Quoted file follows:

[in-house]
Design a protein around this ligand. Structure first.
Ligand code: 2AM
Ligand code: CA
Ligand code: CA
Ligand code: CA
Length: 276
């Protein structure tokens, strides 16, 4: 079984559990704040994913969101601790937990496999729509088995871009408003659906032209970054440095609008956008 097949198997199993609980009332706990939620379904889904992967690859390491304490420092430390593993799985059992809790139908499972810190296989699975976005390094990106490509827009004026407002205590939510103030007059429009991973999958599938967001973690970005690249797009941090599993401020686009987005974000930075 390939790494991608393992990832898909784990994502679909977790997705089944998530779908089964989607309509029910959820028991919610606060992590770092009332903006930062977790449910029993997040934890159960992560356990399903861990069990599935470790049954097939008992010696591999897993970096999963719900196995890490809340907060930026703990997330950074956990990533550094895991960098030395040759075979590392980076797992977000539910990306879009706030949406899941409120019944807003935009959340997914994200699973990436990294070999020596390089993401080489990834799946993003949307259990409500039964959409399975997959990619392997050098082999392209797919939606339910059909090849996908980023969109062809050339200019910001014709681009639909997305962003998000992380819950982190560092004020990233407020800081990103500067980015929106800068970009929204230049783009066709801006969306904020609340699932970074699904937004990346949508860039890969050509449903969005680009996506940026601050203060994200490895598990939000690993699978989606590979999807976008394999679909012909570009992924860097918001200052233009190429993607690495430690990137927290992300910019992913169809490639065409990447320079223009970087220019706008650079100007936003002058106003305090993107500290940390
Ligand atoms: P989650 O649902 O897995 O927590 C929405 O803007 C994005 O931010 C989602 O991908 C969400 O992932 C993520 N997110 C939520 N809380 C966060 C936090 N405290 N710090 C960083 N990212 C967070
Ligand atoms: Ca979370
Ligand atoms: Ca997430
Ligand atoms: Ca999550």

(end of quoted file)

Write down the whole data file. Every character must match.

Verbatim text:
[in-house]
Design a protein around this ligand. Structure first.
Ligand code: 2AM
Ligand code: CA
Ligand code: CA
Ligand code: CA
Length: 276
């Protein structure tokens, strides 16, 4: 079984559990704040994913969101601790937990496999729509088995871009408003659906032209970054440095609008956008 097949198997199993609980009332706990939620379904889904992967690859390491304490420092430390593993799985059992809790139908499972810190296989699975976005390094990106490509827009004026407002205590939510103030007059429009991973999958599938967001973690970005690249797009941090599993401020686009987005974000930075 390939790494991608393992990832898909784990994502679909977790997705089944998530779908089964989607309509029910959820028991919610606060992590770092009332903006930062977790449910029993997040934890159960992560356990399903861990069990599935470790049954097939008992010696591999897993970096999963719900196995890490809340907060930026703990997330950074956990990533550094895991960098030395040759075979590392980076797992977000539910990306879009706030949406899941409120019944807003935009959340997914994200699973990436990294070999020596390089993401080489990834799946993003949307259990409500039964959409399975997959990619392997050098082999392209797919939606339910059909090849996908980023969109062809050339200019910001014709681009639909997305962003998000992380819950982190560092004020990233407020800081990103500067980015929106800068970009929204230049783009066709801006969306904020609340699932970074699904937004990346949508860039890969050509449903969005680009996506940026601050203060994200490895598990939000690993699978989606590979999807976008394999679909012909570009992924860097918001200052233009190429993607690495430690990137927290992300910019992913169809490639065409990447320079223009970087220019706008650079100007936003002058106003305090993107500290940390
Ligand atoms: P989650 O649902 O897995 O927590 C929405 O803007 C994005 O931010 C989602 O991908 C969400 O992932 C993520 N997110 C939520 N809380 C966060 C936090 N405290 N710090 C960083 N990212 C967070
Ligand atoms: Ca979370
Ligand atoms: Ca997430
Ligand atoms: Ca999550």